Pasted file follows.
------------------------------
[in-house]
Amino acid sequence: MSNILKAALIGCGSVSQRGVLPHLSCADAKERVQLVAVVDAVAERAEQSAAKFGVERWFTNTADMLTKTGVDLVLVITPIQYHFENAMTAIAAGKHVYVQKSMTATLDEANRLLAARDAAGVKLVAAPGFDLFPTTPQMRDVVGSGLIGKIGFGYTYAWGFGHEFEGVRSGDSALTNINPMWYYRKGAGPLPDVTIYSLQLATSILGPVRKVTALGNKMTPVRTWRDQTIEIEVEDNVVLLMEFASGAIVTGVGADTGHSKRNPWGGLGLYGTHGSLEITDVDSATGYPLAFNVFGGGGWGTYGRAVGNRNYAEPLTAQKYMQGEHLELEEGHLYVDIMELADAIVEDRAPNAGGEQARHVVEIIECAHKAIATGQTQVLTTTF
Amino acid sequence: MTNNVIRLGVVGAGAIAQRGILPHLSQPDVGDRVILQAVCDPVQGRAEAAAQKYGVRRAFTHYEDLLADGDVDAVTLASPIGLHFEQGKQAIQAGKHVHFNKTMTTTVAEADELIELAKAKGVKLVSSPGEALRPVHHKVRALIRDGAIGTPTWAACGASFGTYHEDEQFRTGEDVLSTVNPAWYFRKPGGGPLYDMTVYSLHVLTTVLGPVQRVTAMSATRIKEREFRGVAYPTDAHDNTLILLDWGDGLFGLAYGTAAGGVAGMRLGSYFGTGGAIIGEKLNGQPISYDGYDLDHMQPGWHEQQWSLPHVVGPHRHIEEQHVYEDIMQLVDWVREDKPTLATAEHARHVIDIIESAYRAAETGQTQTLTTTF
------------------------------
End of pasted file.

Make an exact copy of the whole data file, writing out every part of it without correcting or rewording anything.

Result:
[in-house]
Amino acid sequence: MSNILKAALIGCGSVSQRGVLPHLSCADAKERVQLVAVVDAVAERAEQSAAKFGVERWFTNTADMLTKTGVDLVLVITPIQYHFENAMTAIAAGKHVYVQKSMTATLDEANRLLAARDAAGVKLVAAPGFDLFPTTPQMRDVVGSGLIGKIGFGYTYAWGFGHEFEGVRSGDSALTNINPMWYYRKGAGPLPDVTIYSLQLATSILGPVRKVTALGNKMTPVRTWRDQTIEIEVEDNVVLLMEFASGAIVTGVGADTGHSKRNPWGGLGLYGTHGSLEITDVDSATGYPLAFNVFGGGGWGTYGRAVGNRNYAEPLTAQKYMQGEHLELEEGHLYVDIMELADAIVEDRAPNAGGEQARHVVEIIECAHKAIATGQTQVLTTTF
Amino acid sequence: MTNNVIRLGVVGAGAIAQRGILPHLSQPDVGDRVILQAVCDPVQGRAEAAAQKYGVRRAFTHYEDLLADGDVDAVTLASPIGLHFEQGKQAIQAGKHVHFNKTMTTTVAEADELIELAKAKGVKLVSSPGEALRPVHHKVRALIRDGAIGTPTWAACGASFGTYHEDEQFRTGEDVLSTVNPAWYFRKPGGGPLYDMTVYSLHVLTTVLGPVQRVTAMSATRIKEREFRGVAYPTDAHDNTLILLDWGDGLFGLAYGTAAGGVAGMRLGSYFGTGGAIIGEKLNGQPISYDGYDLDHMQPGWHEQQWSLPHVVGPHRHIEEQHVYEDIMQLVDWVREDKPTLATAEHARHVIDIIESAYRAAETGQTQTLTTTF